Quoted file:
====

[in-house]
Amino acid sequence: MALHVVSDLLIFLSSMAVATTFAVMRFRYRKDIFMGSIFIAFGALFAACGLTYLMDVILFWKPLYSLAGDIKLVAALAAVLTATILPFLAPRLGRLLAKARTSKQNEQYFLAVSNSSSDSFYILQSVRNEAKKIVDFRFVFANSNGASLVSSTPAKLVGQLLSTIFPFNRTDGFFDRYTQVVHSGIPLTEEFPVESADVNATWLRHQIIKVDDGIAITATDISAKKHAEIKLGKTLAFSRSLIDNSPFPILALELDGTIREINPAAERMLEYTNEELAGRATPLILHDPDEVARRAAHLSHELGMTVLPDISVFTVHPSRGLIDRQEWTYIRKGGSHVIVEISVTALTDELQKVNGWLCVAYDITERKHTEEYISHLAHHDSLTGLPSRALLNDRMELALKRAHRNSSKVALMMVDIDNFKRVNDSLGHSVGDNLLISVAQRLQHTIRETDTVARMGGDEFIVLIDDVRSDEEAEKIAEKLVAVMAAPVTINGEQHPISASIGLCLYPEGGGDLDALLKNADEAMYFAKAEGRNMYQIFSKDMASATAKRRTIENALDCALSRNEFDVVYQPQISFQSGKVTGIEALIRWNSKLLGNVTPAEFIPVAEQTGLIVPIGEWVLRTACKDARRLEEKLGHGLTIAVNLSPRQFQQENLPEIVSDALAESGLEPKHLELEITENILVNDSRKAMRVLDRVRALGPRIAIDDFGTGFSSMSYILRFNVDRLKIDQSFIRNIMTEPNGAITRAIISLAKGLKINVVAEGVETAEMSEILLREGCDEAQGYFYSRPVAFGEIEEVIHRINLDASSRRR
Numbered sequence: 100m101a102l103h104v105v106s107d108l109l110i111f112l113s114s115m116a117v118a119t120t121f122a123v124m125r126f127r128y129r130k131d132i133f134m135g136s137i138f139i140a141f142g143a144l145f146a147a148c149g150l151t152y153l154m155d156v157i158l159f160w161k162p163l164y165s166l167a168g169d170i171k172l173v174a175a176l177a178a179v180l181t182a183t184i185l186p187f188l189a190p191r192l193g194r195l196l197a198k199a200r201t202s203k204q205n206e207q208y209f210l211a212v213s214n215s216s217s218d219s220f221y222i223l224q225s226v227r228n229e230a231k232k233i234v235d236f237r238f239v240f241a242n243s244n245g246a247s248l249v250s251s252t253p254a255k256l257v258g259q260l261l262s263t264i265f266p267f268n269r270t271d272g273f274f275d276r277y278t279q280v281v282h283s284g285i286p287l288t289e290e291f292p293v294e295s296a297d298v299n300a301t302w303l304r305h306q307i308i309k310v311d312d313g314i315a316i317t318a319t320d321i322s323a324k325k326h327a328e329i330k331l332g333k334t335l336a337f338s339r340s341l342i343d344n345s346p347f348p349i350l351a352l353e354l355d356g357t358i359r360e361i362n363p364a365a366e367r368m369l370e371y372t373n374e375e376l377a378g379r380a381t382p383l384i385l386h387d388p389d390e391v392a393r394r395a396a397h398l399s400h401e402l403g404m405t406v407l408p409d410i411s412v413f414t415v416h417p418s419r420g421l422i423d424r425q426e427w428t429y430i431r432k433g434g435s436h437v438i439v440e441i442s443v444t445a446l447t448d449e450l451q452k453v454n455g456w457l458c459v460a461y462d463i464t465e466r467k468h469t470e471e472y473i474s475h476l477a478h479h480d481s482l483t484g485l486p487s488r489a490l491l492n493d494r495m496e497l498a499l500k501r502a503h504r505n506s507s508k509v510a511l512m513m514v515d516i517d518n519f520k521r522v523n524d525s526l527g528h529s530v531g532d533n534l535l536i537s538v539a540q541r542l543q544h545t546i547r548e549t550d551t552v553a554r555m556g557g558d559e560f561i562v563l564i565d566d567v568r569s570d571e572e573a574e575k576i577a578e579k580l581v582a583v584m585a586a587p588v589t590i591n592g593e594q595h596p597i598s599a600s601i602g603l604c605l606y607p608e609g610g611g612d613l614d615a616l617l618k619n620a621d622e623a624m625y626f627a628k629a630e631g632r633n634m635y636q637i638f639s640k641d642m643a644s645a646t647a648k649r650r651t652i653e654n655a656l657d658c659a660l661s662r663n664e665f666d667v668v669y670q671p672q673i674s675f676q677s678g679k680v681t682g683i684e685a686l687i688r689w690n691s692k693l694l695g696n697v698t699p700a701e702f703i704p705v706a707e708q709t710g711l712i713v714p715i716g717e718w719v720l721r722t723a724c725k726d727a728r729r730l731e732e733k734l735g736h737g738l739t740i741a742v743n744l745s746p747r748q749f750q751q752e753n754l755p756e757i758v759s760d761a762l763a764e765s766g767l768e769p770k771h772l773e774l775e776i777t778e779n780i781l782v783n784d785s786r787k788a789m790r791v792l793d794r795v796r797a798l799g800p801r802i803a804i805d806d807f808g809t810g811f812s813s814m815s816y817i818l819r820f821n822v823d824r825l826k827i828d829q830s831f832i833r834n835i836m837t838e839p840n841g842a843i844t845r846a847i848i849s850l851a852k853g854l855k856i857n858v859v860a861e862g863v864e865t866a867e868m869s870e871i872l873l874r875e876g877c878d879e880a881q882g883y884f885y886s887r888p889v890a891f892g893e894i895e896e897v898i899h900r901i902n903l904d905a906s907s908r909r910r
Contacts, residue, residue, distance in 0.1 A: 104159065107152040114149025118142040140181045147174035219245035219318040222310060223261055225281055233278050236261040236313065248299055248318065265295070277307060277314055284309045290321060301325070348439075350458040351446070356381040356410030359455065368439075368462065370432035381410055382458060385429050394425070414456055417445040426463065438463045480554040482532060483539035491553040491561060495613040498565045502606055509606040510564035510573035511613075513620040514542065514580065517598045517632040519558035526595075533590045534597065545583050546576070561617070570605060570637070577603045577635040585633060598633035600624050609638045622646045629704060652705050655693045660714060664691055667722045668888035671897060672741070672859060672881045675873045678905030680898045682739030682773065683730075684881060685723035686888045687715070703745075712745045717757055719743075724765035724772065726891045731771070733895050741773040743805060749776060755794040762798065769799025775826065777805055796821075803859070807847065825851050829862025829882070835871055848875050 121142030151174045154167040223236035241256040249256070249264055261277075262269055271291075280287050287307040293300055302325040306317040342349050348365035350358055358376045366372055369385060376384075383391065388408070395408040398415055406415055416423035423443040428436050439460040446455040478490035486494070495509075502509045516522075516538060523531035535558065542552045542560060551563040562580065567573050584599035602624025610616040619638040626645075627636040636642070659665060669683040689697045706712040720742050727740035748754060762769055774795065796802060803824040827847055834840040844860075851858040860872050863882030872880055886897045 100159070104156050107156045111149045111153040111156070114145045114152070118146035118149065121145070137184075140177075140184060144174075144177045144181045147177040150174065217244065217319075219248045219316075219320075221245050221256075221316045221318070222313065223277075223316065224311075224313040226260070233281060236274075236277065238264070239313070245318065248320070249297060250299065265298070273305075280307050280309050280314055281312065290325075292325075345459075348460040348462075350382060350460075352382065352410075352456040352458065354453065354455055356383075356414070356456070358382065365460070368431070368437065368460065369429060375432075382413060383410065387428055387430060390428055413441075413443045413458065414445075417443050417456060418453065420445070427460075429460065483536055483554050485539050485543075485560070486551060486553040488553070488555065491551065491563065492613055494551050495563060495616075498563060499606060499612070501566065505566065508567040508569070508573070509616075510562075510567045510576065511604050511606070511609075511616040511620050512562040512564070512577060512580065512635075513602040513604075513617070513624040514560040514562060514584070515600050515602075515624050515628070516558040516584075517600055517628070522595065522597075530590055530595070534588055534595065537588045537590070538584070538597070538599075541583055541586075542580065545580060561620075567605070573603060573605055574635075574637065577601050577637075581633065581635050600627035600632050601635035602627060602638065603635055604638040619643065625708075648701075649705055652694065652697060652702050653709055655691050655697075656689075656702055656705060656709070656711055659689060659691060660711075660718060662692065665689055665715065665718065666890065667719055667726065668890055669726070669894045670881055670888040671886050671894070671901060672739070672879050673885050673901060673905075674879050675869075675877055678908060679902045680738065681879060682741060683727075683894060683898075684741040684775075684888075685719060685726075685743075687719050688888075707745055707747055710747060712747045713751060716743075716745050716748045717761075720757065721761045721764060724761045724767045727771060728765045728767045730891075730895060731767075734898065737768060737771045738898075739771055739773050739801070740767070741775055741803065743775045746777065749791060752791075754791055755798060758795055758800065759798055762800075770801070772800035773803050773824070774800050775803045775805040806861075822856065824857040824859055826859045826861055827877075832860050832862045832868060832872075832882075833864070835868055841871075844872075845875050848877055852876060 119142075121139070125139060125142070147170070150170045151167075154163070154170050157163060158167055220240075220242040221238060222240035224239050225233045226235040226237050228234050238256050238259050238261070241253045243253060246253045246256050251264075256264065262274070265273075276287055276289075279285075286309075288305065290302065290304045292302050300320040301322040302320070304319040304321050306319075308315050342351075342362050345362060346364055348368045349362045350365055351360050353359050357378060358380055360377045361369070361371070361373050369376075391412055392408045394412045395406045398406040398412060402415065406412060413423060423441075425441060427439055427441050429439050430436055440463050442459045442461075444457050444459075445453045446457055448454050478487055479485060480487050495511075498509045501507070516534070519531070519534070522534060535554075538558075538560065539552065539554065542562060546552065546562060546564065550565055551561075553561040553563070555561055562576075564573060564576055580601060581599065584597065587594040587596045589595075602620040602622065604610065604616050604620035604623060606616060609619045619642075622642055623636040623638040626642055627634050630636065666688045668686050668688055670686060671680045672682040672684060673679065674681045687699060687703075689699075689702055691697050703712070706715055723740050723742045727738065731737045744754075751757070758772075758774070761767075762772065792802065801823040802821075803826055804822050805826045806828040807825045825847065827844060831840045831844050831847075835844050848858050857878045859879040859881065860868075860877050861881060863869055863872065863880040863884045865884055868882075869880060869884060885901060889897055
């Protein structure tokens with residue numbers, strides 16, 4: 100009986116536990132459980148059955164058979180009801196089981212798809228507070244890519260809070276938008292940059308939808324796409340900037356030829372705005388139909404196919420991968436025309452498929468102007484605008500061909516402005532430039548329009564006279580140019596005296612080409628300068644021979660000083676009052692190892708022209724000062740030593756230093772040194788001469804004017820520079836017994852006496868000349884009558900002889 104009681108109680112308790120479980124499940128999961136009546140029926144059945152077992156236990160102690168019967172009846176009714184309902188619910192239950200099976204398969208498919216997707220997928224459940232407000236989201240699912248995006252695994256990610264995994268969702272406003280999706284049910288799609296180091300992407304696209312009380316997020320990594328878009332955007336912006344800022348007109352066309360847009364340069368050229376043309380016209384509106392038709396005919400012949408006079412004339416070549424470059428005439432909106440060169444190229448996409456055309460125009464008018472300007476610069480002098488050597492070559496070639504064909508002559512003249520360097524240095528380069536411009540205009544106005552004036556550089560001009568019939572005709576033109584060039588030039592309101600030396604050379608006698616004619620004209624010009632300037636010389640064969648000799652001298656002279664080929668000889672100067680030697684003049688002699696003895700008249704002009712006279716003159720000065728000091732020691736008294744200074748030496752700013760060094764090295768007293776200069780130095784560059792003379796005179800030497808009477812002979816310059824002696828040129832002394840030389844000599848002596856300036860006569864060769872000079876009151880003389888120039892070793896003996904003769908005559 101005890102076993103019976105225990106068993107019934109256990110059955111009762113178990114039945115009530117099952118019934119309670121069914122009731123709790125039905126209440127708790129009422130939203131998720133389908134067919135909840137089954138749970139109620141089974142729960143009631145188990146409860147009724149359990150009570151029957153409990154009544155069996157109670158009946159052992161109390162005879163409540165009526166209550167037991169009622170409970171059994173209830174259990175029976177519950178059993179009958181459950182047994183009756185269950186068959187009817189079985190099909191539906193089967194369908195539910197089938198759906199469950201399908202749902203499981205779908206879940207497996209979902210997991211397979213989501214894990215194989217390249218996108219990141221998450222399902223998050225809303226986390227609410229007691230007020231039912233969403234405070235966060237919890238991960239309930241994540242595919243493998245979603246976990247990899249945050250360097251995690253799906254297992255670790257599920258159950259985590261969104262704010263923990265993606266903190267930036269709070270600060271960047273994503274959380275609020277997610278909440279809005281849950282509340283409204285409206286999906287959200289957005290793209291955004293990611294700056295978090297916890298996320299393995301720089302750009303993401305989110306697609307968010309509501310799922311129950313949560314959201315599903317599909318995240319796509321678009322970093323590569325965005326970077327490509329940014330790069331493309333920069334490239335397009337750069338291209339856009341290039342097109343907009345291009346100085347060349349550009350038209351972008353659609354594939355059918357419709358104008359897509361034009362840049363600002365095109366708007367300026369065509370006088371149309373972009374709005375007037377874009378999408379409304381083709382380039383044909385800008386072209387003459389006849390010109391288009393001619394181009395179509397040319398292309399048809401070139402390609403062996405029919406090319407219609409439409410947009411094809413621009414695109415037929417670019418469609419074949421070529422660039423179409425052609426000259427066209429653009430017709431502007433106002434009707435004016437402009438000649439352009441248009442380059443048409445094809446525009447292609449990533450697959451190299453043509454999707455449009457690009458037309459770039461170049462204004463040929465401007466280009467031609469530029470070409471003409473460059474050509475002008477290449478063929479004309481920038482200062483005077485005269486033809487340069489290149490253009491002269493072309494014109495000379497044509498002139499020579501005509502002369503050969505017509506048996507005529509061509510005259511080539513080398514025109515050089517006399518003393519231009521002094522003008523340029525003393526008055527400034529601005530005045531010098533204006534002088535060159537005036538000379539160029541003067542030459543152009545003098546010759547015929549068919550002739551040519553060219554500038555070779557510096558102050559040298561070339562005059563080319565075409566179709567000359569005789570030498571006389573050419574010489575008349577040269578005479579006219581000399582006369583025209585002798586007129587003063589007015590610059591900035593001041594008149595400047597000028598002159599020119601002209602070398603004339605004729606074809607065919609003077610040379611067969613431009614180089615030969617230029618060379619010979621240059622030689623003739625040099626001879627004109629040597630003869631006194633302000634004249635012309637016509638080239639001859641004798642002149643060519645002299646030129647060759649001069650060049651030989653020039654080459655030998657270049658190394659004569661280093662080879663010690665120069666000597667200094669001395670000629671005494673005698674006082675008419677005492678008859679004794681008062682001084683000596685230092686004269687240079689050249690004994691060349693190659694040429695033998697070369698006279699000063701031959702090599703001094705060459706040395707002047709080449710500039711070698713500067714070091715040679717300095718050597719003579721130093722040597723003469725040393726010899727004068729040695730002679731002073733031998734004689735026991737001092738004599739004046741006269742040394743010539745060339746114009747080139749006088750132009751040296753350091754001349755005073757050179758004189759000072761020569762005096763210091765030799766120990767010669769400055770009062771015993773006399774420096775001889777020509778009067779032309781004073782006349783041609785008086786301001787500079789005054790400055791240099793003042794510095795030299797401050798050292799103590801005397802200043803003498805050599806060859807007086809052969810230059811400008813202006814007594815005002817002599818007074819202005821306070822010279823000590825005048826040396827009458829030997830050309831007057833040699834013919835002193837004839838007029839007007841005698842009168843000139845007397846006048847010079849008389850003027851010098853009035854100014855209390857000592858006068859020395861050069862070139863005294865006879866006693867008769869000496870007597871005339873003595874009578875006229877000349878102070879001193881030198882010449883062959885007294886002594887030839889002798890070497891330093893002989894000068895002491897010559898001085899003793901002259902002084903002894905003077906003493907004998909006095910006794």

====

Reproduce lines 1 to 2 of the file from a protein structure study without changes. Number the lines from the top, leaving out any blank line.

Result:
[in-house]
Amino acid sequence: MALHVVSDLLIFLSSMAVATTFAVMRFRYRKDIFMGSIFIAFGALFAACGLTYLMDVILFWKPLYSLAGDIKLVAALAAVLTATILPFLAPRLGRLLAKARTSKQNEQYFLAVSNSSSDSFYILQSVRNEAKKIVDFRFVFANSNGASLVSSTPAKLVGQLLSTIFPFNRTDGFFDRYTQVVHSGIPLTEEFPVESADVNATWLRHQIIKVDDGIAITATDISAKKHAEIKLGKTLAFSRSLIDNSPFPILALELDGTIREINPAAERMLEYTNEELAGRATPLILHDPDEVARRAAHLSHELGMTVLPDISVFTVHPSRGLIDRQEWTYIRKGGSHVIVEISVTALTDELQKVNGWLCVAYDITERKHTEEYISHLAHHDSLTGLPSRALLNDRMELALKRAHRNSSKVALMMVDIDNFKRVNDSLGHSVGDNLLISVAQRLQHTIRETDTVARMGGDEFIVLIDDVRSDEEAEKIAEKLVAVMAAPVTINGEQHPISASIGLCLYPEGGGDLDALLKNADEAMYFAKAEGRNMYQIFSKDMASATAKRRTIENALDCALSRNEFDVVYQPQISFQSGKVTGIEALIRWNSKLLGNVTPAEFIPVAEQTGLIVPIGEWVLRTACKDARRLEEKLGHGLTIAVNLSPRQFQQENLPEIVSDALAESGLEPKHLELEITENILVNDSRKAMRVLDRVRALGPRIAIDDFGTGFSSMSYILRFNVDRLKIDQSFIRNIMTEPNGAITRAIISLAKGLKINVVAEGVETAEMSEILLREGCDEAQGYFYSRPVAFGEIEEVIHRINLDASSRRR